This month, Amazon announced that beginning September 1st, they will display a seller’s business name and address on their Amazon.com Seller Profile page. For individuals, Amazon will display the individual’s name and address. Across the US, Amazon sellers' opinions of this news varied: Many welcomed increased transparency, while others disliked the additional exposure of personal information. What does this change mean for sellers going forward? Read on for some considerations and key actions for those using Amazon Marketplace.
Another step to combat counterfeiting
On April 11, 2019, Amazon published a blog on Day One, in the form of a letter from Jeff Bezos to shareholders. It detailed the rise of third-party sellers in recent years, specifically, that third-party sales had grown from 3% in 1999 to 58% in 2019. These numbers represent the share of the third-party side as compared to Amazon’s own business. Since then, Amazon has been escalating its effort to combat counterfeiting and IP infringement at a steady pace. A January 2020 report from the Department of Homeland Security even stated: “To increase transparency on this issue, platforms should significantly improve their pre-sale identification of third-party sellers so that buyers can make informed decisions, potentially factoring in the likelihood of being sold a counterfeit or IPR infringing merchandise.”
Amazon’s July 8 announcement on expanding information is sure to impact sellers. However, this change is consistent with Seller Profile pages across Amazon stores in Europe, Japan, and Mexico, where this information has been available to buyers for quite some time, due to different legal requirements.
What does this change mean?
Amazon’s update requires sellers to adapt to the continually changing landscape of selling on Amazon. On the plus side, this is another potential barrier to unauthorised sellers, grey market sellers, or those involved in retail arbitrage. This change makes it easier for brands, authorised sellers, and distributors to track down rogue issues and deal with them quickly. On the flip side, very small businesses (such as those run out of homes) may have more information exposed than they wish. This may force some businesses to adapt, even if it’s just getting a PO box, or being more careful about their business practices.
"As always I see the pros and cons,” said eCommerce Nurse founder and CEO Carina McLeod. “On a positive note, it exposes those sellers looking to hide that may be hijacking listings, adopting bad practice or that are unauthorised. On the other hand for those legit small sellers that may be using their home address may not want that level of privacy exposed. I definitely see a surge in businesses looking to buy an address on its way!"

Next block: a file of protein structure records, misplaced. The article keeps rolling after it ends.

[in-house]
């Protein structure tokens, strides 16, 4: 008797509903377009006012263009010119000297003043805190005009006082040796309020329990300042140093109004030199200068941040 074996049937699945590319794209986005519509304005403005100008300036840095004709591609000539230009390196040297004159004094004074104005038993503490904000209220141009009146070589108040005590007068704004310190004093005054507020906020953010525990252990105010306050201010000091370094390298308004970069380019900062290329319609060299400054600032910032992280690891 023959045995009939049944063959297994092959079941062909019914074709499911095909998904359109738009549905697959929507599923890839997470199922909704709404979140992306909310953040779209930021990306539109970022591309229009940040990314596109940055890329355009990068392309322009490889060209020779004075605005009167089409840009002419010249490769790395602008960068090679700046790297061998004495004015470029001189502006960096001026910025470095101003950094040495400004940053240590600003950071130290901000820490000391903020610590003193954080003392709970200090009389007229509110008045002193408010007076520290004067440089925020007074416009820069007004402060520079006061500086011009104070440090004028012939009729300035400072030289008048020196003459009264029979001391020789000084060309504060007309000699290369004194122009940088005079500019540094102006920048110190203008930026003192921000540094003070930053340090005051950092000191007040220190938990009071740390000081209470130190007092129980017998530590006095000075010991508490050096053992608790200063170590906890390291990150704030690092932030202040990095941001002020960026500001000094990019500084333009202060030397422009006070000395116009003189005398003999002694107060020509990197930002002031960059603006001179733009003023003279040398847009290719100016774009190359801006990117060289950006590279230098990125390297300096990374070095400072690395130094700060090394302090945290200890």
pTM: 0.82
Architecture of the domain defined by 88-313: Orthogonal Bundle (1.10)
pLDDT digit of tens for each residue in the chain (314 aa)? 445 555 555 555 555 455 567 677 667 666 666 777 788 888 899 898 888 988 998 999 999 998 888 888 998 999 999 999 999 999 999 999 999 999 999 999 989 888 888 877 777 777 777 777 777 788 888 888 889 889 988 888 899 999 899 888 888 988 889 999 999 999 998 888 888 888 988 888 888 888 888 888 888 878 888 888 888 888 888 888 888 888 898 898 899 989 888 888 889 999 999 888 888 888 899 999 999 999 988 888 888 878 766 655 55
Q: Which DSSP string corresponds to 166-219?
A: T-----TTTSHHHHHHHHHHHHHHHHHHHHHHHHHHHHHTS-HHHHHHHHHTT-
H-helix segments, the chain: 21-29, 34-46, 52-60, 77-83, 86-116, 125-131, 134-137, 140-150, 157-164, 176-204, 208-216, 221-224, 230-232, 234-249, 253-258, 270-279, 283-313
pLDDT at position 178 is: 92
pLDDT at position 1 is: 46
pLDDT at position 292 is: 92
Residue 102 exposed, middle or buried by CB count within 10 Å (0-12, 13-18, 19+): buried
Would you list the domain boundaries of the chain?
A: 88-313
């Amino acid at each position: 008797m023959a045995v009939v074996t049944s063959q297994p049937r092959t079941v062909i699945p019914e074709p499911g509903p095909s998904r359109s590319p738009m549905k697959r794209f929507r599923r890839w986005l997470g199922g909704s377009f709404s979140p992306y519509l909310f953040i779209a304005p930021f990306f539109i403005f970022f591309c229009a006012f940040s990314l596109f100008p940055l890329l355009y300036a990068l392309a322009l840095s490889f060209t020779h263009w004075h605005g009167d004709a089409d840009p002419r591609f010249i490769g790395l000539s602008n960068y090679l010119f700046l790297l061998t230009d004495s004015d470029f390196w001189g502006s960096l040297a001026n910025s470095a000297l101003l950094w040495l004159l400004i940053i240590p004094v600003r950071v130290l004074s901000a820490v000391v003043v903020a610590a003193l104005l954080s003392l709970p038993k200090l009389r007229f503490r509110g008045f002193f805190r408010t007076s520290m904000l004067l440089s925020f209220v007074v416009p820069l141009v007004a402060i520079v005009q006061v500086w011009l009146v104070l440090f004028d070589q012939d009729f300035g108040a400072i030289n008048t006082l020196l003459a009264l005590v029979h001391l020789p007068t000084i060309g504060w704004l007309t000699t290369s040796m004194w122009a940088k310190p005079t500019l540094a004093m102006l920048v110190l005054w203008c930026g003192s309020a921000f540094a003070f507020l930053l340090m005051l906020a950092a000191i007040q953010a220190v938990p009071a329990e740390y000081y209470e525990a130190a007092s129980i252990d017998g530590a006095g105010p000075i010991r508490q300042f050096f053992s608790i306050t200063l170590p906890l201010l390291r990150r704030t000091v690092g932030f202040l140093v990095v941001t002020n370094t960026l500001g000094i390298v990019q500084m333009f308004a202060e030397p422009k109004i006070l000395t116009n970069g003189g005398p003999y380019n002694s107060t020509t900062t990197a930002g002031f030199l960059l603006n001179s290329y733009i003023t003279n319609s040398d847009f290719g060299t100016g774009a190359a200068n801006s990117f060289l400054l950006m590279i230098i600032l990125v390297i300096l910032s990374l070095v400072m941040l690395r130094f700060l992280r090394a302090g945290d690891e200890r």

Additionally, many Amazon customers may not always realize when they are purchasing from a third-party seller, especially when sold with FBA fulfillment. This could potentially change that and impact buying decisions. From a buyer and customer perspective, transparency is almost certainly a good thing. For those customers who want to dig into who and where they are buying from, it makes things a little easier.
How to update your information in Seller Central
Amazon is giving sellers a long lead time to make the change. Remember to make updates to your Seller Central account before September 1st.
You can view and update your contact information by following the steps below:
- Login to your Amazon seller account.
- In the Settings menu at the top right corner of Seller Central, click Account Info to view the Seller Account Information page.
- In the Business Information section, click the links for the information that you want to view.
- To change your business name, click Display Name and to change the address, click Business Address. Enter the new information or edit the current information.
- Once completed, click Submit to save.
Protecting your brand on Amazon
As Amazon continues to work on counterfeit and IP infringement issues, we suggest your business do the same. This most recent Amazon update makes it easier to reactively track down the occasional bad-apple seller. But you should already be taking proactive steps to protect your brand, minimising these issues from the start. Amazon has many programs and policies to help tackle this, such as Project Zero, Amazon Transparency and Brand Registry. Creating a frontline defense with these initiatives, as well as controlling distribution, pricing, and not devaluing your brand, is the best way to ensure your business thrives on Amazon.